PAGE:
Topic: Movement 1

Ikebana Aesthetics Program - Zoom Ikebana Dojo 

Video Tutorial: 

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Movement is the way the elements such as shape or colour are organised to lead the eye to the focal area. Expressing movement in ikebana is very important.

Movement in ikebana has several meanings, so we need to divide the topic of movement into three stages, Movement 1, 2 & 3. The first step in Movement 1 is to understand how S shape lines are used in the classic Seika style. In essence, the S shape line represents movement of life energy. Please google "Seika, Ikebana" to see some images. In the following diagram you can easily identify 3 S shape lines. 

In Movement 1, we focus on incorporating an S shape line in your work. In Movement 2 & 3, we focus on more technical aspects and a bit more complicated designs.    

Great movement is usually associated with the designs based on the Fibonacci numbers (the Fibonacci sequence). A good understanding of the Fibonacci numbers can help improve your design significantly. For more about Movement in ikebana, refer to a short essay, "Introduction to Ikebana Aesthetics" by Dr Shoso Shimbo (available shortly in English & Japanese).


Your task this time is to incorporate one S shape line in your work. It's so simple but notice how a single stem or vine with movement makes your work really energetic! Your arrangement is dancing! If you are an advanced student, incorporate more than 2 S shape lines in your work.     


What You Need

1. secateurs

2. kenzan or florist foam or wire packed container (see a photo below)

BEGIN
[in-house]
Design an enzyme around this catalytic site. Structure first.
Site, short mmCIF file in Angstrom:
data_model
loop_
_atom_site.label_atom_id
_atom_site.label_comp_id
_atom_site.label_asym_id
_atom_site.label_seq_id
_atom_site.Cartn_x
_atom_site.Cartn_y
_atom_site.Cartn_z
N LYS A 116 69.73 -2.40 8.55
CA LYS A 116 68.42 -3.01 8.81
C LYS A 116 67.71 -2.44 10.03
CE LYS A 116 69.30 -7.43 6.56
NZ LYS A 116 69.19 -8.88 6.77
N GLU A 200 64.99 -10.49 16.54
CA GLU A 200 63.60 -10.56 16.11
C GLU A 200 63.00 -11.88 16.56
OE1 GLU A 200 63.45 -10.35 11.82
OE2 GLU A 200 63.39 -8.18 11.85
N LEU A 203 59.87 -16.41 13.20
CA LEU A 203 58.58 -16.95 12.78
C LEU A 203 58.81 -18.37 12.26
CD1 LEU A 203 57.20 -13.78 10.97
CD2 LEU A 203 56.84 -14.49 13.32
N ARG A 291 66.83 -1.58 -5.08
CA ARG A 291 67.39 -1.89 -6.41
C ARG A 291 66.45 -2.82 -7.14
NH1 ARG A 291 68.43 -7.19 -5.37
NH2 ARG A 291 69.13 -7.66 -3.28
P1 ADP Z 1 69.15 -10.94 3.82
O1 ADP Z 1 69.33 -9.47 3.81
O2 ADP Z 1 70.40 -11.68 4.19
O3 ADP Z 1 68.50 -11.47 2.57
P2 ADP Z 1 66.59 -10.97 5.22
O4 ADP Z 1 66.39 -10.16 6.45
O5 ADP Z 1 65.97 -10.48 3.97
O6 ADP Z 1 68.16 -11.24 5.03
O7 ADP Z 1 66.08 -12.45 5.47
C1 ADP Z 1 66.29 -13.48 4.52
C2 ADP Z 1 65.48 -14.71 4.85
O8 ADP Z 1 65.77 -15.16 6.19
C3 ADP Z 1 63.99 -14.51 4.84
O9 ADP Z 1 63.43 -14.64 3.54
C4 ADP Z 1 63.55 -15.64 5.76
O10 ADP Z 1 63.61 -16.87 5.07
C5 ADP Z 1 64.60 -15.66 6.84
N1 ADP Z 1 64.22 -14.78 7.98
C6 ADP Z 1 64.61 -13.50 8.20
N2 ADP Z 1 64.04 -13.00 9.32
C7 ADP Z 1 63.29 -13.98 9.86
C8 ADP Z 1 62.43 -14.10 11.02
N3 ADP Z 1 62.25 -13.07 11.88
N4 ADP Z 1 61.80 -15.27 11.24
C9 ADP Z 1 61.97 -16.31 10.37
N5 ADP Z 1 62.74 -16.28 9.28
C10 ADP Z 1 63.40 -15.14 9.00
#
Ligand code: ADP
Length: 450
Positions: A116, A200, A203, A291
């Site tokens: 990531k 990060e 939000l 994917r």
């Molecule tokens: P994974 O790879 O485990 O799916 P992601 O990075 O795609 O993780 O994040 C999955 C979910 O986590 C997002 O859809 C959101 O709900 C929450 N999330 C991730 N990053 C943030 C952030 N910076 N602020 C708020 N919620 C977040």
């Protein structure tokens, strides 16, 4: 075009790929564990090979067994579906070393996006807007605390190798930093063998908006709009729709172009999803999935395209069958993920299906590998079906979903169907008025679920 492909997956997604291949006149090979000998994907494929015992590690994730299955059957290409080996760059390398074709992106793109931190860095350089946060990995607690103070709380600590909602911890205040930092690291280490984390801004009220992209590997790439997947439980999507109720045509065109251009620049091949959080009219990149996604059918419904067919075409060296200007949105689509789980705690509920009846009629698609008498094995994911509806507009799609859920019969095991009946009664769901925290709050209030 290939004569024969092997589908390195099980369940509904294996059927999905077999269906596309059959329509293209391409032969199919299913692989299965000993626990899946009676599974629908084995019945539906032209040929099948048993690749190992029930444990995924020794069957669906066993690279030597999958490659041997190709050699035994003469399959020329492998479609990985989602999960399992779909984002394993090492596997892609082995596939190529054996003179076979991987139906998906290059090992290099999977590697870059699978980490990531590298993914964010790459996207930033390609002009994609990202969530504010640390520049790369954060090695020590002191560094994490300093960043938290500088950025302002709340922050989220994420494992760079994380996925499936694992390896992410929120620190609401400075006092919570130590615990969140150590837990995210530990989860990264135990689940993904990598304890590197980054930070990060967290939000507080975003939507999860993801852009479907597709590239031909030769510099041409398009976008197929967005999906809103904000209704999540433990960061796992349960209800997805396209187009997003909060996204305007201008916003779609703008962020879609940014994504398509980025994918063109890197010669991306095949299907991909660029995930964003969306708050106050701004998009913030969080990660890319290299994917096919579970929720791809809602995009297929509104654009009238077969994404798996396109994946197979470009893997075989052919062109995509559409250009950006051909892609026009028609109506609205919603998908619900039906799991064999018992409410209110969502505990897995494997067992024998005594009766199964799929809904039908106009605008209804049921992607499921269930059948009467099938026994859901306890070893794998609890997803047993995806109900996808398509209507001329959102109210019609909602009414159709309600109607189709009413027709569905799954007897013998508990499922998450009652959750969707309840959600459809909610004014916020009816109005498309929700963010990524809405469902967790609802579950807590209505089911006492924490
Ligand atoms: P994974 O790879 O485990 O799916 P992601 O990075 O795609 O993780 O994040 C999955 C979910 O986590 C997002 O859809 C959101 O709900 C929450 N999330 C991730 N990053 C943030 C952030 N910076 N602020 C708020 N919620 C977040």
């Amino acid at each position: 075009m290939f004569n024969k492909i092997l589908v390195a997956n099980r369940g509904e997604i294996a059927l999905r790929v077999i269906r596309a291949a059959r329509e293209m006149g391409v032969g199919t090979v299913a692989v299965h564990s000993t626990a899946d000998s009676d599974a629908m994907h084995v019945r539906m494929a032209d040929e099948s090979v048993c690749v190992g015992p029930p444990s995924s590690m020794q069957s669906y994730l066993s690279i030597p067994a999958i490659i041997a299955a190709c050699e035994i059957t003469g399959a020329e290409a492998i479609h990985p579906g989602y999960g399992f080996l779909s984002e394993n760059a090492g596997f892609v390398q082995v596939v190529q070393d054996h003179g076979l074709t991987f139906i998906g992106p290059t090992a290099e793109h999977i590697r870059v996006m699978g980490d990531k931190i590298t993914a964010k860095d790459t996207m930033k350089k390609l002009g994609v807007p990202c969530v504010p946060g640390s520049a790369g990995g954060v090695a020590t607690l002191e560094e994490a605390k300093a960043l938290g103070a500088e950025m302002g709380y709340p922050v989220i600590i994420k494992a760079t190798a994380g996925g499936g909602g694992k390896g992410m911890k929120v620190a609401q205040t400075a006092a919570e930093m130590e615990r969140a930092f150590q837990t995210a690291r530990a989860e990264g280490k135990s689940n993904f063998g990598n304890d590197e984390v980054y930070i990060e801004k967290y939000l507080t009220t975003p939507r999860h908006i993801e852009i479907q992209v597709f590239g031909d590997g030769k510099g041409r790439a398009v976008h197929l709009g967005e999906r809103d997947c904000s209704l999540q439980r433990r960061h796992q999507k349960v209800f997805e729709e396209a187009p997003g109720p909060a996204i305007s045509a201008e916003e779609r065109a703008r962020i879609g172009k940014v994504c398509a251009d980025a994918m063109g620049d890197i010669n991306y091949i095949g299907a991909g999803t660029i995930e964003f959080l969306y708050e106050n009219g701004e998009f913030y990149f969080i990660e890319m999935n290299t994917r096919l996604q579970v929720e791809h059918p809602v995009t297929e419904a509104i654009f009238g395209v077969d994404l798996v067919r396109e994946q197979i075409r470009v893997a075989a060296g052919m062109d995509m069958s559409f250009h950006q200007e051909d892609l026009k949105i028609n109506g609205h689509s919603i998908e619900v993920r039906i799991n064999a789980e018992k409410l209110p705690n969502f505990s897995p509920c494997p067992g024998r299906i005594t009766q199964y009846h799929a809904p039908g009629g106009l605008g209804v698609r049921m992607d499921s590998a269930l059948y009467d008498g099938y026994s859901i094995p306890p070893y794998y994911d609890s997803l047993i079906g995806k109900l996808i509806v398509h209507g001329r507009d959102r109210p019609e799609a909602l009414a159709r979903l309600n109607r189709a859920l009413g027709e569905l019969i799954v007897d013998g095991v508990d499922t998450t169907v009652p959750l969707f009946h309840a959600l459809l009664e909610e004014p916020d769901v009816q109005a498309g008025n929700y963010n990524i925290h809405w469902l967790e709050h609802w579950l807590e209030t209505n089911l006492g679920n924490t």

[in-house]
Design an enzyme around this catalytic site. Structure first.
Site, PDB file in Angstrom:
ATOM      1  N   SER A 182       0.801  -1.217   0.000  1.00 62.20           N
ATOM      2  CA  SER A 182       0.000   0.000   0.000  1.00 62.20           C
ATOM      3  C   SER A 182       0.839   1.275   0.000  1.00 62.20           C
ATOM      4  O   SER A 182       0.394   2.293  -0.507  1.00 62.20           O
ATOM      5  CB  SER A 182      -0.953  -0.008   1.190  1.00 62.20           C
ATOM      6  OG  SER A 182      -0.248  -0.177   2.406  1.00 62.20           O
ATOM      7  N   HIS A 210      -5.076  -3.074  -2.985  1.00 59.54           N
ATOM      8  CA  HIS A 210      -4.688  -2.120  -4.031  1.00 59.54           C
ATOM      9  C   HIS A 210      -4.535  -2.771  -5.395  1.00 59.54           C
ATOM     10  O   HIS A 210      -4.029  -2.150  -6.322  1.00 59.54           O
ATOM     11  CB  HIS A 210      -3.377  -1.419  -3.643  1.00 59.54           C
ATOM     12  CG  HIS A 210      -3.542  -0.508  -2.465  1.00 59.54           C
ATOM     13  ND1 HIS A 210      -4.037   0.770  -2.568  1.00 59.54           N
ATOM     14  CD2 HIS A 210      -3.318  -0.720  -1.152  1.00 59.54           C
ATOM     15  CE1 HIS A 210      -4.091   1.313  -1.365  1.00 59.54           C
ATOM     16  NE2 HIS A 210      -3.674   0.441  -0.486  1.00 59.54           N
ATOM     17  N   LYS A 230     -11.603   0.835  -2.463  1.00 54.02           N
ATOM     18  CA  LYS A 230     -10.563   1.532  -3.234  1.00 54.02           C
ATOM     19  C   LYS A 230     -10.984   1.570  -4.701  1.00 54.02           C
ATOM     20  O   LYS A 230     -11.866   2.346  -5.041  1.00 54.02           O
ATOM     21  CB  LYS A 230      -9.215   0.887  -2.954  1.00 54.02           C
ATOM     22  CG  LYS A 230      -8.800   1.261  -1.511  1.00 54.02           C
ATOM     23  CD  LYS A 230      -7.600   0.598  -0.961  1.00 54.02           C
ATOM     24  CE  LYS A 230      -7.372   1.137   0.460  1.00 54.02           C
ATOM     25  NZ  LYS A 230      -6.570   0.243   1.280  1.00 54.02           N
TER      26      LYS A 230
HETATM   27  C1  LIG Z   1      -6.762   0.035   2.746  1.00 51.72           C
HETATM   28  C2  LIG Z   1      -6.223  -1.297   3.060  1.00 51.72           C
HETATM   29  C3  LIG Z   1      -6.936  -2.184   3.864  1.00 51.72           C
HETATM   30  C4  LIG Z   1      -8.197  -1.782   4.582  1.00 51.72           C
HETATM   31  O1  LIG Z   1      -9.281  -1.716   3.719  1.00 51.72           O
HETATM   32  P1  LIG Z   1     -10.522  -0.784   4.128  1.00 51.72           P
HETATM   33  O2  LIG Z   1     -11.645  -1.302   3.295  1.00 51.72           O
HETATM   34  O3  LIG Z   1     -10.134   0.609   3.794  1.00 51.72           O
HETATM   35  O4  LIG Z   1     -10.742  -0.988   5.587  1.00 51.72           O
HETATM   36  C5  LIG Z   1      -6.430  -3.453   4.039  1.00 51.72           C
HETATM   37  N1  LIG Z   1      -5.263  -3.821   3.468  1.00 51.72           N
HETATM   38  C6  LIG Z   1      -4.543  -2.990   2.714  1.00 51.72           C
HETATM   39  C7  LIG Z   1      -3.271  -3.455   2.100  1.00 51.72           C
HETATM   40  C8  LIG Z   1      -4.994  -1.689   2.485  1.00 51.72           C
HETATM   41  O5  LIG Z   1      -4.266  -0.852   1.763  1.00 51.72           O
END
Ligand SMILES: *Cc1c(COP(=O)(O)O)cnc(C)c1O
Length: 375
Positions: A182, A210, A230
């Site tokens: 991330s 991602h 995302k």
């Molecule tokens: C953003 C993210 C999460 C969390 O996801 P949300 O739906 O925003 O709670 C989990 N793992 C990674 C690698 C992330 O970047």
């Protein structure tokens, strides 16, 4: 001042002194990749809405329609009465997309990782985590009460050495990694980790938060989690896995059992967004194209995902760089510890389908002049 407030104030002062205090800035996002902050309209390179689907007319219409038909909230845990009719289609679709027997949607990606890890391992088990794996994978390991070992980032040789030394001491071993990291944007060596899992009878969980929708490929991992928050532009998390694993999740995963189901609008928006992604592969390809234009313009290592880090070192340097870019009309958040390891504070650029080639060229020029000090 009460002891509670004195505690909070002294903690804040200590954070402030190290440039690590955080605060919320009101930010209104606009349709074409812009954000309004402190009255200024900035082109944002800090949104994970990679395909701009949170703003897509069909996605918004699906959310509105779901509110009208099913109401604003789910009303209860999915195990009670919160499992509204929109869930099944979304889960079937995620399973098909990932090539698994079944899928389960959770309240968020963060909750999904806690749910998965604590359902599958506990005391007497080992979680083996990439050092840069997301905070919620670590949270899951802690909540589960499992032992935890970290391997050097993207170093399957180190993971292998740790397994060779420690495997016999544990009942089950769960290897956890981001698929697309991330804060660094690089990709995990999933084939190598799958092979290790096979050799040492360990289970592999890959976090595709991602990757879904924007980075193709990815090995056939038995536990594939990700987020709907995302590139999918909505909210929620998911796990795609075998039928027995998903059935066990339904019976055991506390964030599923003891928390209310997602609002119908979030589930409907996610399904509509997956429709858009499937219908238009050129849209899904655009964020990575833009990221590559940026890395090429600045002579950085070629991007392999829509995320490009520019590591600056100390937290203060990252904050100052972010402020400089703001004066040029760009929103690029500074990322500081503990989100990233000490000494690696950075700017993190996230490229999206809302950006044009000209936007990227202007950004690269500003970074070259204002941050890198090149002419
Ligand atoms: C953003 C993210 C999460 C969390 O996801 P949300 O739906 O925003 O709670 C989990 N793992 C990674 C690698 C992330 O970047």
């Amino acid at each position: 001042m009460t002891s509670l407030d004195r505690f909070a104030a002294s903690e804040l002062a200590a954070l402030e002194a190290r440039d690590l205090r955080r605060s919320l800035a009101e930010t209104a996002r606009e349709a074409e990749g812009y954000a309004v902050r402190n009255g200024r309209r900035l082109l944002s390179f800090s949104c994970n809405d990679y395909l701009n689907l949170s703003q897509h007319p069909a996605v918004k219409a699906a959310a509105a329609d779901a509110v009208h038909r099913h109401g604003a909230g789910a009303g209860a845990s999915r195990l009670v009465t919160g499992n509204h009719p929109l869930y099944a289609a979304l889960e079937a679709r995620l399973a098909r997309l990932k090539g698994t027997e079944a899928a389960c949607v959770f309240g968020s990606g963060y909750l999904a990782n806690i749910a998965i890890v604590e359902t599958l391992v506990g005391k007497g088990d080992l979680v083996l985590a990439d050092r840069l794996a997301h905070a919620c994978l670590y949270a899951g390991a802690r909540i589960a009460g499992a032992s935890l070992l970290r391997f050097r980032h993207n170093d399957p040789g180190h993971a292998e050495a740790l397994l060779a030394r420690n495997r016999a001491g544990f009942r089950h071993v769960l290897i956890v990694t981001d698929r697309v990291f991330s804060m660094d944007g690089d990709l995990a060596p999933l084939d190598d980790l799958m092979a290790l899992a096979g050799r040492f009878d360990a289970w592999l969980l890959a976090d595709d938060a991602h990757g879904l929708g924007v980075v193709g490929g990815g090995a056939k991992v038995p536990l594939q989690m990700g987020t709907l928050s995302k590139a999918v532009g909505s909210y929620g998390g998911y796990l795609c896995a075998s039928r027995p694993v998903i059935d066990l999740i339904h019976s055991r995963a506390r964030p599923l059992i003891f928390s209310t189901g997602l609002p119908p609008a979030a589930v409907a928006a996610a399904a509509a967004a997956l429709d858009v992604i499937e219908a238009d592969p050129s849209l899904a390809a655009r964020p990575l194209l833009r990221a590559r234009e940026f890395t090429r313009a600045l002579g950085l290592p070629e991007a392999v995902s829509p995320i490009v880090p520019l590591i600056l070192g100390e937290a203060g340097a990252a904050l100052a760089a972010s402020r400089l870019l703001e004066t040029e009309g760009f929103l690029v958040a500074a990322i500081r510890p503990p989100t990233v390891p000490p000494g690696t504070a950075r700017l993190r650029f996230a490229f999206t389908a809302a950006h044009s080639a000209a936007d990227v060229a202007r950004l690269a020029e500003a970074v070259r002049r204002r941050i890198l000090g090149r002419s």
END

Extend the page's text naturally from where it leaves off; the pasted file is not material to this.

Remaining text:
3. container - any include a cup. Find a container that suits your materials, in particular, the leaves in this task.  


4. flower materials:

a. An S shape line material: vine or any other plants. You may have to look for it, but you can also learn to manipulate plants to create the S shape line.  

b. A few leaves such Kale, Caladium, or any other plants. 

c. Daffodil or any other flower. 

Flower materials are guide only. You can choose any other materials as long as you focus on the topic . 

How to Make It? 

1. Measure the length of the container (height + diameter). If your container's height is 5cm and diameter is 10cm, the length of your container is 15cm.

2. Prepare the longest leaf - about the length of the container. In our example, the longest leaf should be about 15 cm.

3. Prepare the 2nd and the 3rd leaves - about the same length as the first one.

4. Fix the 3 leaves. Attach the three leaves at one point on the kenzan or whatever you are using to fix your materials.

5. Attach the S shape line at the same point. Create an impression that all materials are growing from the same point. See the photo above (blue arrows).

6. Make sure that the S shape line is not touching the edge of the container. This is important to emphasize the movement. See the photo above (red S shape line).

7. Add flowers among the leaves. If your flower stem is too skinny for kenzan, attach a piece of thicker stem from another plant.   

What's Next? - Get Feedback.

1. Take a photo of your work. 

2. Book to join Zoom Ikebana Dojo. Use an application form on the page. That is the first step. Follow the instruction on the page. 

3. Join Zoom Ikebana Dojo on 4 July 2020.  Send your photo to our facilitator. Enjoy friendly feedback from our facilitator and other participants.  


Samples for Advanced Students


Ikebana Aesthetics Curriculum